US slams sanctions on Venezuela’s Maduro

Venezuelan President Nicolas Maduro has been hit with direct sanctions by the United States, following  a disputed election of  members of an assembly  that will rewrite the constitution.

The election, boycotted by the opposition and with 12 per cent voter turn out, has  isolated Maduro  at home and abroad.

The US measures were unusual in that they targeted a sitting head of state, but their reach was mostly symbolic, freezing any US assets Maduro might have and banning people under US jurisdiction from dealing with him.

“Maduro is a dictator who disregards the will of the Venezuelan people,” US Treasury Secretary Steven Mnuchin said in a statement.

Mexico, Colombia, Peru and other nations joined the US in saying they did not recognize the results of Sunday’s election, which appointed a new “Constituent Assembly” superseding Venezuela’s legislative body, the opposition-controlled National Assembly.

Maduro’s own attorney general, Luisa Ortega — who broke with him months ago over his policies — also said she would not acknowledge the body, calling it part of the president’s “dictatorial ambition” to do away with political and civil rights.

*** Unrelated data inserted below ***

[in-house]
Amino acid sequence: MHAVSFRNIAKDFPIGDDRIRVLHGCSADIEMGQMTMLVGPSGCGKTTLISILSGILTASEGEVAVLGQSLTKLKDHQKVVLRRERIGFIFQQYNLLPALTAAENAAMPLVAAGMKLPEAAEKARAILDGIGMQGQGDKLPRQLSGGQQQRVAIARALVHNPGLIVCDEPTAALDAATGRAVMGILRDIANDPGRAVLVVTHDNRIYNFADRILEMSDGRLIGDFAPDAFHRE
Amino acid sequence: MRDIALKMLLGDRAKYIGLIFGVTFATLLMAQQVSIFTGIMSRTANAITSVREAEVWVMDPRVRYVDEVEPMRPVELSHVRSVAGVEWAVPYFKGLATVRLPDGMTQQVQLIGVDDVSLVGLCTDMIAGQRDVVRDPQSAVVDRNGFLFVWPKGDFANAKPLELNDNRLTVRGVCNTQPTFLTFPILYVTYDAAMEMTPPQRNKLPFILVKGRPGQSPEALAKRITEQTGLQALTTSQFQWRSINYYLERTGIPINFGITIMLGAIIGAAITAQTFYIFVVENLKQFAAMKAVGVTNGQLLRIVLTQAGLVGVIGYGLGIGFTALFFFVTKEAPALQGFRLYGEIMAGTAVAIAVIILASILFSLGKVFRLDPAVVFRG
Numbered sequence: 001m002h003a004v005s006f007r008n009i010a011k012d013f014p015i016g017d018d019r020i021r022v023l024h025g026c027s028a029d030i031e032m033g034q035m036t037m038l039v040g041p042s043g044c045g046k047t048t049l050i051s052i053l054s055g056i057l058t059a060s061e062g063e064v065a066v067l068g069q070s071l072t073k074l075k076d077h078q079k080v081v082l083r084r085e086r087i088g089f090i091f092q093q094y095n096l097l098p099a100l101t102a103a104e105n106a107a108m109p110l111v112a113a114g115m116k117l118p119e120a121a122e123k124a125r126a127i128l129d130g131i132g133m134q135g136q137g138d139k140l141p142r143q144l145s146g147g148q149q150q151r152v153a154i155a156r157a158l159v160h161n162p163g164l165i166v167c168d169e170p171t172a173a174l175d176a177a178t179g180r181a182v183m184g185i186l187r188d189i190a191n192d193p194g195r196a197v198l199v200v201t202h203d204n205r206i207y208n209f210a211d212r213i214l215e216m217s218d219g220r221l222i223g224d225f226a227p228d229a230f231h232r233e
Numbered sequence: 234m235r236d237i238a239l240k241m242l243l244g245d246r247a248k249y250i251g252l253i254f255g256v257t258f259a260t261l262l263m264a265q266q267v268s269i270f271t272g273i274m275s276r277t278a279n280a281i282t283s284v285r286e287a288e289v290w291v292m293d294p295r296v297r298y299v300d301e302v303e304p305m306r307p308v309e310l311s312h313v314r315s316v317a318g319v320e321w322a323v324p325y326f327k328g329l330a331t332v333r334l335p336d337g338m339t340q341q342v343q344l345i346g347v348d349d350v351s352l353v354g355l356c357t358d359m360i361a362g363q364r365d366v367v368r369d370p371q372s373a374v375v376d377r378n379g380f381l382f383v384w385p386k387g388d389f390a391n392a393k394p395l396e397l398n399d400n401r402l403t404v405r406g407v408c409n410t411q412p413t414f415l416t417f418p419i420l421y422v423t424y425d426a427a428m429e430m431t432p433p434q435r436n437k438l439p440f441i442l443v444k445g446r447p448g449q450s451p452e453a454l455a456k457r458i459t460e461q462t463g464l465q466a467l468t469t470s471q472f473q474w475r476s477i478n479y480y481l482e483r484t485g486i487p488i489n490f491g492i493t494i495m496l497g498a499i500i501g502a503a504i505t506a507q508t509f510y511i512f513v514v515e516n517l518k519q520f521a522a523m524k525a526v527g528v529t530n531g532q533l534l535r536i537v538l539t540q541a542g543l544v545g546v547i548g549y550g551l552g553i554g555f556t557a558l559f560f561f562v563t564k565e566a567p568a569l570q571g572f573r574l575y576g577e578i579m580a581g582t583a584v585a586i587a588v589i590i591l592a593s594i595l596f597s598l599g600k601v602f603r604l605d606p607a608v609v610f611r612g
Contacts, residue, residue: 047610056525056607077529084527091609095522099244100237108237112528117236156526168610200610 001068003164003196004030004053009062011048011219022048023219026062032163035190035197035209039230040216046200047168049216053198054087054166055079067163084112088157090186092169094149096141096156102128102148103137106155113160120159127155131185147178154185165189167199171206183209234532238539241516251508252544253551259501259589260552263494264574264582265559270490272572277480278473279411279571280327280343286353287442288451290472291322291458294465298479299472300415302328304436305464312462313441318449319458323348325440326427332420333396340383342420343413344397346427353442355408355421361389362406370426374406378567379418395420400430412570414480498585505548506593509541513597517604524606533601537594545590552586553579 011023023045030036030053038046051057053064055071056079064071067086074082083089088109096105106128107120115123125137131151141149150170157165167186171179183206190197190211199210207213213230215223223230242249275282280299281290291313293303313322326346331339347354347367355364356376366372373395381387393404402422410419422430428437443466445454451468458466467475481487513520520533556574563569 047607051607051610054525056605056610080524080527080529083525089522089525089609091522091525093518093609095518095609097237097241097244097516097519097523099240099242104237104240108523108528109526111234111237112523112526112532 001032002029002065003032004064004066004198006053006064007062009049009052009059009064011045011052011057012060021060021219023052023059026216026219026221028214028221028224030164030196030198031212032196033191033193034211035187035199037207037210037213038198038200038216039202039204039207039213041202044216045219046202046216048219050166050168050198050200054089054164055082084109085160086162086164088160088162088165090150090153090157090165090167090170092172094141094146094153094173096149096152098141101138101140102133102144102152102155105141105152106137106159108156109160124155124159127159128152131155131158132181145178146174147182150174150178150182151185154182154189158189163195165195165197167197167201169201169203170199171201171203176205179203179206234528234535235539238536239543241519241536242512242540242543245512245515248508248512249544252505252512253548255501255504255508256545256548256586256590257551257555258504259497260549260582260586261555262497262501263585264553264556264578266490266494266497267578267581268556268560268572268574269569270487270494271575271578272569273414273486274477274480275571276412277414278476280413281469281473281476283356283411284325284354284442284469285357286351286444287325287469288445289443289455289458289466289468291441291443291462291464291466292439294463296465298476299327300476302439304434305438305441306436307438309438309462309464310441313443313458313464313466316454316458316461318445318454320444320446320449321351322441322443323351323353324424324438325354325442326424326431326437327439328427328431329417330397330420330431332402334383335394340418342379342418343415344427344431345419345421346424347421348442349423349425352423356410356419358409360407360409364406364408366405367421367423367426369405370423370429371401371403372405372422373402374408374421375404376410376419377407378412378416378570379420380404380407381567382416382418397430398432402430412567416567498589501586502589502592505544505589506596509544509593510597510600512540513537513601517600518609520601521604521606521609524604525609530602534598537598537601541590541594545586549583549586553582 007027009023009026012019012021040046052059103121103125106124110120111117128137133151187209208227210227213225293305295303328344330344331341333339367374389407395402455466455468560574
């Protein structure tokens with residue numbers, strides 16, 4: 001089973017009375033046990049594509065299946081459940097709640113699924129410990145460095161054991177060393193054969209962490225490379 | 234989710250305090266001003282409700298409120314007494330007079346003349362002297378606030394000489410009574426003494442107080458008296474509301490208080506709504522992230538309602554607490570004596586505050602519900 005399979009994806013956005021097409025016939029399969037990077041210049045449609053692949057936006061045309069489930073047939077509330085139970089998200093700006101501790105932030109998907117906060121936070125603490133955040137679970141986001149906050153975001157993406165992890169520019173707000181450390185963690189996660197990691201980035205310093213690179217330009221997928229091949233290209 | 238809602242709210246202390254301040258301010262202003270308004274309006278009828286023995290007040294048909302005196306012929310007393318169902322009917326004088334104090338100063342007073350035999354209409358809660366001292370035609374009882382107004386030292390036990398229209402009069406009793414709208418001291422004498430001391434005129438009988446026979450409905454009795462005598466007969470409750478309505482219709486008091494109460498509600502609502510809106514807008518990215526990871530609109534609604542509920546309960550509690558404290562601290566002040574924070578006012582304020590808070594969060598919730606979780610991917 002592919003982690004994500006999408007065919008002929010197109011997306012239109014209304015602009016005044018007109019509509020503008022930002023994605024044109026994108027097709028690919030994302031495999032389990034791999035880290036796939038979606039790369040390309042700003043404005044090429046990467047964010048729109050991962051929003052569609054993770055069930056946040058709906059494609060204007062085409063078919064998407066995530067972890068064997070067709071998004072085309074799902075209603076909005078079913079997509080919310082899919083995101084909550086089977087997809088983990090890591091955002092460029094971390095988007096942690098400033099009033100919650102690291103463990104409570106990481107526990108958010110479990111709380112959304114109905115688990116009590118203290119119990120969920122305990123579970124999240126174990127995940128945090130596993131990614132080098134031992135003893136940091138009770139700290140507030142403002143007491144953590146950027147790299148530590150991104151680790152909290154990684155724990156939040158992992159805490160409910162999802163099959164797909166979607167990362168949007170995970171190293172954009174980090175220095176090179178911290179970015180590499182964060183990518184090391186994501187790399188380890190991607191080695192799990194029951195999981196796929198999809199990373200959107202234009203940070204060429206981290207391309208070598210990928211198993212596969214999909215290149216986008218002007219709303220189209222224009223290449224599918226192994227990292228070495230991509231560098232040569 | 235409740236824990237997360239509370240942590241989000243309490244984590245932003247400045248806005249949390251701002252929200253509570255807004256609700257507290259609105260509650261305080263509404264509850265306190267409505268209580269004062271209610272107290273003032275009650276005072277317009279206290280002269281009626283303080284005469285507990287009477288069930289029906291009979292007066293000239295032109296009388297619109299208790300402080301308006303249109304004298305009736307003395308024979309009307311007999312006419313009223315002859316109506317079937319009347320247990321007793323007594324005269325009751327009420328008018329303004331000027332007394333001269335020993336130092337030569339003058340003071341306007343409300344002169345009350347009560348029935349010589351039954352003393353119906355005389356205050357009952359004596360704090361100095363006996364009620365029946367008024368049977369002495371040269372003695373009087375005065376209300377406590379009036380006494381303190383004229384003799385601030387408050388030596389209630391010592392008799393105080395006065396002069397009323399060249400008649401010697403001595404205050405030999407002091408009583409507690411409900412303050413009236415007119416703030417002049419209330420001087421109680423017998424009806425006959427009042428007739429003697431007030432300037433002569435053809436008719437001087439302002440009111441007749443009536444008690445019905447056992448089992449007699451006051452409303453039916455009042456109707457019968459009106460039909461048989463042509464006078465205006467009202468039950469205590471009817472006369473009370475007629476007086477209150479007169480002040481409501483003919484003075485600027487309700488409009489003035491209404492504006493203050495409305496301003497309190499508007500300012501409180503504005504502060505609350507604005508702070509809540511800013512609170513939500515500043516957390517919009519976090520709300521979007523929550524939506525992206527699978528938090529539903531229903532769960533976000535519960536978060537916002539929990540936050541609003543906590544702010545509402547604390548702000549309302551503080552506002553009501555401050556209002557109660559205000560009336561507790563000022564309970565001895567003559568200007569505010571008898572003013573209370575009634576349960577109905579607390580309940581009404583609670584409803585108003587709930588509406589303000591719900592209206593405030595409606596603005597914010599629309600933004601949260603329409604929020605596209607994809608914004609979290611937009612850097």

The European Union expressed “preoccupation for the fate of democracy in Venezuela” and said it, too, doubted it could accept the results.

However, Russia, Cuba, Nicaragua and Bolivia stood by Maduro, who shrugged off mass protests and a previous round of US sanctions on some of his officials to see through the election.

The National Electoral Council claimed more than 40 percent of Venezuela’s 20 million voters had cast ballots Sunday.

“It is the biggest vote the revolution has ever scored in its 18-year history,” Maduro said, dressed in the red associated with the socialist revolution started by his late mentor, Hugo Chavez.

But the leader of the opposition congress, Julio Borges, said Venezuela has found itself “more divided and isolated in the world.”

– More protests –

According to the opposition, voter turnout was closer to 12 percent, a figure more aligned with the lack of lines that were seen at many polling stations.

Surveys by polling firm Datanalisis showed more than 70 percent of Venezuelans were opposed the new assembly.

Further protests were called for Monday and beyond, stoking fears that the death toll in four months of protests against Maduro could rise beyond the more than 120 already recorded.

“I feel awful, frustrated with this fraud,” said one Caracas resident, Giancarlo Fernandez, 35.

Demonstrators were ignoring a ban on protests put in place by Maduro that threatened up to 10 years in prison for violators.

Ten people died in violence surrounding Sunday’s election, which saw security forces firing tear gas and, in some cases, live ammunition to put down protests. Among those killed were two teens and a Venezuelan soldier.

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